Vasculitis In Children Causes And Treatment

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Introduction to paediatric vasculitis

Vasculitis is a complex group of disorders characterised by inflammation of blood vessels and can affect individuals of all ages. However, it presents unique challenges that demand specialised care when children are affected. This article aims to provide a comprehensive guide to vasculitis in children, honing in on its treatment options and management methods. The article will cover the causes, clinical presentations, diagnosis, various types of paediatric vasculitis, and treatment approaches. By the end of this article, you will have an increased understanding of this condition and how healthcare regulations influence its treatment.

Vasculitis in children: An overview

Definition and Overview

Vasculitis is a condition characterised by inflammation of blood vessels. In children, it can affect the body's arteries, veins, or capillaries. These inflamed vessels can lead to a variety of symptoms and complications, making early diagnosis and appropriate treatment critical.1

Prevalence and age distribution

While vasculitis is rare in children compared to adults, it can still occur. The prevalence varies among different types of vasculitis, and age distribution often plays a role in diagnosis and management.1

Types of vasculitis in children

There are several types of vasculitis that can affect children, including Kawasaki disease, Henoch-Schoenlein purpura, polyarteritis nodosa, and Takayasu arteritis. Each type has distinct characteristics and requires tailored approaches to treatment.2

Understanding the causes and risk factors3

Immunological factors

Vasculitis often involves the body’s immune system mistakenly attacking its own blood vessels. Autoimmune factors play a significant role in the development of vasculitis in both children and adults.

Genetic predisposition

Genetic factors can contribute to a child's susceptibility to vasculitis. Understanding the disease's genetic basis can aid in diagnosis and treatment decisions.

Environmental triggers

Environmental factors, such as infections, toxins, or certain medications, can trigger vasculitis in children. Identifying and avoiding these triggers is crucial for managing the condition effectively.

Recognising clinical presentation4

Common symptoms

Vasculitis in children can manifest in a variety of ways, including fever, skin rashes, joint pain, abdominal pain, and organ-specific symptoms. Recognising these signs is vital for early intervention.

Differential diagnosis

Given the diverse symptoms of vasculitis, healthcare professionals often need to rule out other conditions that may present similarly. This step is key for accurate diagnosis and appropriate treatment planning.

The importance of early diagnosis

Early diagnosis of vasculitis in children is associated with better outcomes and reduced risk of complications. Delayed diagnosis can lead to severe organ damage, underscoring the importance of timely medical attention.

Diagnostic methods4

Medical history and physical examination

A thorough medical history and physical examination are the initial steps in diagnosing vasculitis. The information gathered during this process helps to guide further diagnostic testing.

Laboratory tests

Blood tests, including a complete blood count and inflammatory markers, can provide valuable information about the presence and extent of inflammation. Specific antibodies or markers may be indicative of certain types of vasculitis.

Imaging studies

Imaging techniques such as ultrasounds, computed tomography scans, and angiography can visualise blood vessels and identify areas of inflammation or damage.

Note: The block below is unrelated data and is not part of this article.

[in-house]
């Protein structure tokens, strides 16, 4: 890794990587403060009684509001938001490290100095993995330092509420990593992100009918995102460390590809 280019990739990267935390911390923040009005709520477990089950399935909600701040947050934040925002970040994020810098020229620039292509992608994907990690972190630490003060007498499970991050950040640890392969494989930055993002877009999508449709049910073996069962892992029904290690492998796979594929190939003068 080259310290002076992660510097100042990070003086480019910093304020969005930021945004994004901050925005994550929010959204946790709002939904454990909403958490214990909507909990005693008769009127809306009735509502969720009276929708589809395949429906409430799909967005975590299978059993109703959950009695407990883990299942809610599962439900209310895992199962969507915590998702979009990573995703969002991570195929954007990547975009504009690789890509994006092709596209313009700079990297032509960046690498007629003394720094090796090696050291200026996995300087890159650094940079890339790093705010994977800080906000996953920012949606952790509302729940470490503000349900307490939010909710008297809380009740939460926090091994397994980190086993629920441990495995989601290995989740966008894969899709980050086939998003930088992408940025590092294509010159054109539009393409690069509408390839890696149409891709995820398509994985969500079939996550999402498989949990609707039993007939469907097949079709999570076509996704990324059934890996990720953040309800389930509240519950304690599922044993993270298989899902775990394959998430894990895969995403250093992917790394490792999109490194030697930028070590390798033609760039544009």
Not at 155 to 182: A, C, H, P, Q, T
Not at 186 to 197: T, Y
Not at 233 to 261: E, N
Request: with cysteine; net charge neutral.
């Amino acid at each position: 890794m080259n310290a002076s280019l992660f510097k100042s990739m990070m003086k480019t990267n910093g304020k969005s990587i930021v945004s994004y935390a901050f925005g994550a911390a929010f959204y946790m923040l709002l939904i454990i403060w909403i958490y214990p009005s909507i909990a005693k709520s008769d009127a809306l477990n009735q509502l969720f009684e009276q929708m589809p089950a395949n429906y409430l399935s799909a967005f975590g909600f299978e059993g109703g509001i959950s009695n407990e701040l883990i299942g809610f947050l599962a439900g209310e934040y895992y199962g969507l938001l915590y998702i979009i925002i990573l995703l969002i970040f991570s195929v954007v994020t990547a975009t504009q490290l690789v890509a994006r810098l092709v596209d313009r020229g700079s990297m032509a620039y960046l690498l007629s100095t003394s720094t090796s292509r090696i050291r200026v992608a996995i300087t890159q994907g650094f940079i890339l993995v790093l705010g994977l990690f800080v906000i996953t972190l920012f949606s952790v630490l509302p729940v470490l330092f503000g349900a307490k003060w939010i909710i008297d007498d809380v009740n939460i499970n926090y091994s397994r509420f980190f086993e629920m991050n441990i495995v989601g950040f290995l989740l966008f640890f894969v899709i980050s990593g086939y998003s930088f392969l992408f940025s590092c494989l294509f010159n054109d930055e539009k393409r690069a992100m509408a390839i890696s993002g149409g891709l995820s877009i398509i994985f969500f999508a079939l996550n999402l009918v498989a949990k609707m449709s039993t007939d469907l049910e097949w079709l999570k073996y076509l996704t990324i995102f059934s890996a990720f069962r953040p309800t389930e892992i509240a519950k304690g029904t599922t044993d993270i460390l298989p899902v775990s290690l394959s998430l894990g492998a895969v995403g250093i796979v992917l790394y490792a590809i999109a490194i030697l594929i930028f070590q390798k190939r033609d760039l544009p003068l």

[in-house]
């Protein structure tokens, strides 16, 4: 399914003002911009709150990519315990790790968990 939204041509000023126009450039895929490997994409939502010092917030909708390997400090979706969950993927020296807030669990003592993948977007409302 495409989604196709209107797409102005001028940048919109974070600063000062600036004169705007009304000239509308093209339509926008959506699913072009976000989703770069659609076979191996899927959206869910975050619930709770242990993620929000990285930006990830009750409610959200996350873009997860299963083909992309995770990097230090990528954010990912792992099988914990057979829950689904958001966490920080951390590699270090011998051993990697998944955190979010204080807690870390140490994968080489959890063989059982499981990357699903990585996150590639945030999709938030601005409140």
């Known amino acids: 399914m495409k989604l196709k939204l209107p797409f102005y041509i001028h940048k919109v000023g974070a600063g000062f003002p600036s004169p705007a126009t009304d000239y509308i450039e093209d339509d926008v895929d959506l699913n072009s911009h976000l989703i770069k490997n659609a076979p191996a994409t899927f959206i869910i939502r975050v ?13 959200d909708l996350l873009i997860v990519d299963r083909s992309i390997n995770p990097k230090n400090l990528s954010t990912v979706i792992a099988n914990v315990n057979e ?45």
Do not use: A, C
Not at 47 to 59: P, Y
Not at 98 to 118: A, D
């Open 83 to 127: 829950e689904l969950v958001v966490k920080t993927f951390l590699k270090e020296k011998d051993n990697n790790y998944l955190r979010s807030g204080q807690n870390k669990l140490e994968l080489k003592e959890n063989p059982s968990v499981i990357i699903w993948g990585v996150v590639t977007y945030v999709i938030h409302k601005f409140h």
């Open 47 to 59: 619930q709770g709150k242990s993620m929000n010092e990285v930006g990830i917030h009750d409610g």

Biopsy procedures

In some cases, a biopsy of affected tissue, typically skin or an affected organ, may be necessary to confirm the diagnosis and determine the type and extent of vasculitis.

Classification of paediatric vasculitis5

Primary vasculitis

Primary vasculitides are conditions where vasculitis is the main problem. These include Kawasaki disease, Henoch-Schoenlein purpura, and childhood polyarteritis nodosa.

Secondary vasculitis

Secondary vasculitides are associated with other underlying conditions, such as connective tissue disorders or infections. Identifying and treating the underlying cause is essential for managing secondary vasculitis.

Systemic vs organ-specific vasculitis

Vasculitis can affect multiple organ systems (systemic) or target specific organs (organ-specific). Treatment strategies may differ based on this classification.

Treatment approaches

General principles of management

The management of paediatric vasculitis involves a multi-faceted approach that includes controlling inflammation, addressing symptoms, and preventing complications. Regular follow-up with a paediatric rheumatologist or specialist is needed.

Medication options


Prednisone: It is a commonly prescribed corticosteroid which is used to reduce inflammation in vasculitis. It is often administered orally and can be tapered based on the child’s response and the type of vasculitis.


In severe cases or when rapid control of inflammation is necessary, intravenous methylprednisolone may be given as a pulse therapy.


This medication, often preferred in paediatric patients due to its relatively lower risk of side effects, can also be used to manage vasculitis.

Corticosteroids are effective in reducing inflammation, but long-term use can lead to side effects such as weight gain, mood swings, and osteoporosis. Careful monitoring and dose adjustments are essential.

Immunosuppressive agents6

In more severe or refractory cases of paediatric vasculitis, immunosuppressive drugs may be introduced to modulate the immune response and prevent further damage. These agents include:


Methotrexate is an immunosuppressive drug that may be used as a steroid-sparing agent in certain types of vasculitis.


Cyclophosphamide is a potent immunosuppressant and is reserved for severe cases when other treatment methods have failed.


Azathioprine may be used as a maintenance therapy to reduce the need for higher doses of corticosteroids.

Biologic therapies

Biologic therapies have revolutionised the treatment of vasculitis by targeting specific molecules involved in the inflammatory process. Examples of biologics used in paediatric vasculitis treatment include:


Rituximab targets beta cells, part of the immune system, and has shown promise in treating certain types of vasculitis, particularly in cases resistant to conventional therapies.


This biologic agent blocks the action of interleukin-6, a pro-inflammatory cytokine, and has been used in refractory cases of vasculitis.

Biologic therapies are administered via intravenous infusion and may be associated with a reduced risk of long-term side effects compared to high-dose corticosteroids.

Supportive care